Based on the British series of the same name, Showtime's 'Queer as Folk' presents the American version. Following the lives of five gay men in Pittsburgh, 'Queer as Folk' is a riveting drama full of sex, drugs, adventure, friendship and love. Although the creators of 'Queer as Folk' wanted to present an honest depiction of gay life, it is by no means a comprehensive depiction. In addition to the usual sexual escapades and relationships of the five friends, the show explores critical gay political and health issues. Written by
Many talent agents and personal managers in Los Angeles refused to submit their clients to be considered for acting work on this show, allegedly due to the homosexual content involved. See more »
There is a hexagon shaped window on the wall between Debbie's front door and the stairs that lead upstairs. In season 1 this window was clear and you could see 'daylight' coming through it. In subsequent seasons the glass panes of this window were covered in gay pride colors and had a non-see-through look. When you see the outside porch and front door of Debbie's house, her house is a semi-detached home with the other half of the house attached to the wall that has the window. See more »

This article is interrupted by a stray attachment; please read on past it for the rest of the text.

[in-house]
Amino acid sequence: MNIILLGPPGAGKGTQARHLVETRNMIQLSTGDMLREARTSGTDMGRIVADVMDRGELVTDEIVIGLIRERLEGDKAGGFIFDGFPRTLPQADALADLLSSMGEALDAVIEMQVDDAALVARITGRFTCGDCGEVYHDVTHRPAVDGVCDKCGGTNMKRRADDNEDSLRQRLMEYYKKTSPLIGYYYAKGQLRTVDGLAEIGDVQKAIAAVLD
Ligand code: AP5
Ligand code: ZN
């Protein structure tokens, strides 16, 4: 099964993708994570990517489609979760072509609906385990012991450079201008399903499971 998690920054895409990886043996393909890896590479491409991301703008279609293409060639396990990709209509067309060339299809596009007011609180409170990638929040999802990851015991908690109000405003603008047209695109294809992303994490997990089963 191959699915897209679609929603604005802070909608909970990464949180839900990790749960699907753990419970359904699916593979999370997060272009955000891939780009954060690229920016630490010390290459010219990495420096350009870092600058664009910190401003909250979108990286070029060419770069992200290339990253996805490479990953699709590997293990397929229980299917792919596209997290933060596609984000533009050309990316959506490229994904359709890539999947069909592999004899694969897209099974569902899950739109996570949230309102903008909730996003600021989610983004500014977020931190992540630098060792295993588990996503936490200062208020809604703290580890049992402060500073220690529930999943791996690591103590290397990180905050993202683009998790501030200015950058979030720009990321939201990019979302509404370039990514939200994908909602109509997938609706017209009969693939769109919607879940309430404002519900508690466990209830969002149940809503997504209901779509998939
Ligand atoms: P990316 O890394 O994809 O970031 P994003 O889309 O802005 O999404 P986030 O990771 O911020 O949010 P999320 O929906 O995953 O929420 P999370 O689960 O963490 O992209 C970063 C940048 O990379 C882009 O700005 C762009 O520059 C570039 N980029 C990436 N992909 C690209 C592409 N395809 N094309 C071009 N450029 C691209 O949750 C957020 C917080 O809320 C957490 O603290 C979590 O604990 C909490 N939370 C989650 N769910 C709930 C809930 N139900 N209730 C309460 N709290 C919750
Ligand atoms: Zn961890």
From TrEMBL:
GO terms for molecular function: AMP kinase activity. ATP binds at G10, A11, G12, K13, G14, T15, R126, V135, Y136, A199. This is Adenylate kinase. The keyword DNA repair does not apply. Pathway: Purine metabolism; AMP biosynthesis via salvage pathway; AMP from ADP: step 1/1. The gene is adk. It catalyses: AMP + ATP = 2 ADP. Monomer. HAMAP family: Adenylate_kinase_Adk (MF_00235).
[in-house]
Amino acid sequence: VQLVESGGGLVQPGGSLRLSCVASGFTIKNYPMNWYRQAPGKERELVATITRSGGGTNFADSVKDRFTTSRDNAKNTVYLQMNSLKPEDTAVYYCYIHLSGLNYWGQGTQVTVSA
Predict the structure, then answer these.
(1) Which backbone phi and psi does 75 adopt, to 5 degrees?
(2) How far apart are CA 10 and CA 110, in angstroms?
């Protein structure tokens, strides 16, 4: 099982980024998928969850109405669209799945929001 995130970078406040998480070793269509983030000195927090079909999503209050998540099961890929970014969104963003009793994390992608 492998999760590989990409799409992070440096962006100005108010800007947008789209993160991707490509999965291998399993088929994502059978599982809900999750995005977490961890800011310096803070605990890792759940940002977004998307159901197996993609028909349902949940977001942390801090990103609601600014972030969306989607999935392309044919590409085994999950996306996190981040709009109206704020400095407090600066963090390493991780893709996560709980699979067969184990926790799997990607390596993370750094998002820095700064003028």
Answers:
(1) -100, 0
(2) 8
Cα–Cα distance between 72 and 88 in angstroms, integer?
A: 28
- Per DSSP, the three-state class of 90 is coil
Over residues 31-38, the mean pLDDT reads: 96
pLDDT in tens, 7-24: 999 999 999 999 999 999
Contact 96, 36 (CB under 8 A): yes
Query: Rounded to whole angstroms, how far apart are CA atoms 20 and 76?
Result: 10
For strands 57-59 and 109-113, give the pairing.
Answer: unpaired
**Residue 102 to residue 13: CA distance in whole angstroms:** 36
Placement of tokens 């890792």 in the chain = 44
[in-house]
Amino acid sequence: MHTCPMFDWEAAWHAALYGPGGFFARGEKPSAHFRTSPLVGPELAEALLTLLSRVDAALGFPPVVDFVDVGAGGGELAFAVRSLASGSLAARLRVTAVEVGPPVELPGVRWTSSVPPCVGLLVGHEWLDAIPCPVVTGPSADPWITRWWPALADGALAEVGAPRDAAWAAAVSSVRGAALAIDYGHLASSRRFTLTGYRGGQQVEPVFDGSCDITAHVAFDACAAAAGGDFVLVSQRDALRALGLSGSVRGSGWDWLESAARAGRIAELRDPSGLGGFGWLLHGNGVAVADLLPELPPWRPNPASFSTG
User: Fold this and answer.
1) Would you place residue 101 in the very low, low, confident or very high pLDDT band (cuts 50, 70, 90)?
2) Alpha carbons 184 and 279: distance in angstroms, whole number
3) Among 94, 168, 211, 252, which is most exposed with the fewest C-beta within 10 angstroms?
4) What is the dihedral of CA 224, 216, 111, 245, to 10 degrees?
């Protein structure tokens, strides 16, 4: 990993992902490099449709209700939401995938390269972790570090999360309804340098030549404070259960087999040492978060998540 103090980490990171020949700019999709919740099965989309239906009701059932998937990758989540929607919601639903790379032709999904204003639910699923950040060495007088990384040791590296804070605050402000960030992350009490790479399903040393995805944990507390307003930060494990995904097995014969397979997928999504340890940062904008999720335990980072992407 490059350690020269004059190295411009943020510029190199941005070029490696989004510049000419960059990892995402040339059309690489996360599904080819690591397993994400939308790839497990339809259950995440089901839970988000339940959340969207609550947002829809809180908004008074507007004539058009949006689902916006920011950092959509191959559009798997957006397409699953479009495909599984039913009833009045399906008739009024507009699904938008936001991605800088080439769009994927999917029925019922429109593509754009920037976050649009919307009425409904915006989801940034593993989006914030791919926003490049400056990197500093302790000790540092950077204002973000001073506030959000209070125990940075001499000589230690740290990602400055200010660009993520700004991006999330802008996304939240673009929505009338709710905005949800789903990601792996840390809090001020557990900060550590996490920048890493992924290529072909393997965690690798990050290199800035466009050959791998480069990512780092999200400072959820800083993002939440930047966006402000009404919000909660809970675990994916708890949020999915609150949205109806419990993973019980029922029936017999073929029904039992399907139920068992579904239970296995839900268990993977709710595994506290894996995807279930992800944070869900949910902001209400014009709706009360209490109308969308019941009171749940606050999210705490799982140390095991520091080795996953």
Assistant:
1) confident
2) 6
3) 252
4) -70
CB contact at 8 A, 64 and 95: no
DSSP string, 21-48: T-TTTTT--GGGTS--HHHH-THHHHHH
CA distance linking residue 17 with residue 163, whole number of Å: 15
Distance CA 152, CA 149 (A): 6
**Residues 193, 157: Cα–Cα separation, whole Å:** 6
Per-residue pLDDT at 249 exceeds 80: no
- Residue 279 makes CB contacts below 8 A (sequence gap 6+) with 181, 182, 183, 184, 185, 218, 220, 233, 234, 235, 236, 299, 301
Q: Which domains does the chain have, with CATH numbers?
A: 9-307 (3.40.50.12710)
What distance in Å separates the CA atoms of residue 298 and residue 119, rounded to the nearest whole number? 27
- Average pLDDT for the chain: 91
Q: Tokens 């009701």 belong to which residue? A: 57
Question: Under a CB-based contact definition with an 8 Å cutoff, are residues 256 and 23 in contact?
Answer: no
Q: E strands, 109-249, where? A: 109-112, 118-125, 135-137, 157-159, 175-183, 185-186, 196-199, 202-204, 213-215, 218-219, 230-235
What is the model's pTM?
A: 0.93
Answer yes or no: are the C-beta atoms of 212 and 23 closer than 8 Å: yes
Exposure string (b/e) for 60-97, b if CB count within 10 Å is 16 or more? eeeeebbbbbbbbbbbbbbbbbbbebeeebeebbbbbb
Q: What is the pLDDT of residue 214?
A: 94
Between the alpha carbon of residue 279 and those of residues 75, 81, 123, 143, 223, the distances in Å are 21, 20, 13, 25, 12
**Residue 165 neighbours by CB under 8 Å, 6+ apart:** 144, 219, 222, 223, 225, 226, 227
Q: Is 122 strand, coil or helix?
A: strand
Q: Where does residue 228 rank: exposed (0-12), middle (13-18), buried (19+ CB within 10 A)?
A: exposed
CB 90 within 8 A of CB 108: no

I prefer to think of them all as lunatics. Except for Aunt Lulah, who was supposed to be the crazy one. She was my only friend.
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"Queer As Folk is a celebration of the lives and passions of a group of gay friends. It is not meant to reflect all of gay society." See more »
It's always fashionable to negatively critique US versions of British material, but I am not always into that fashion.
I loved the first two episodes of this Americanized QUEER AS FOLK. It certainly follows the plot of the British version (so far at least). Yet the pace is more leisurely since the US version takes 45 minutes to do what was done in 30 minutes on the British version.
The US version is also easier to understand -- and it's not just the fact that we aren't getting the British slang in quickly-spoken thick British accents. Maybe it's the more leisurely pace that makes the plot easier to follow.
Hal Sparks has a wonderful dead-pan dry humor as the narrator, Michael. Randy Harrison is sweet as Justin, the newly-out teenager. When he was rejected by his dream-man Brian, his pain looked genuine and touching.
Even though the opening narration indicates "It's all about sex," the show is actually about more than that. The narrator is referring to the fact that gay night life in trendy bars is "all about sex," but we see in Michael and Justin the reality of people searching for a sense of connection in a world that doesn't offer a lot of connection -- especially for gay people.
While the British version was only 8 episodes with a 2 hour finale (which I found disappointing), this US version promises to begin with 22 episodes and possibly go on from there. I look forward to the future developments. So far, I see nothing to complain about.
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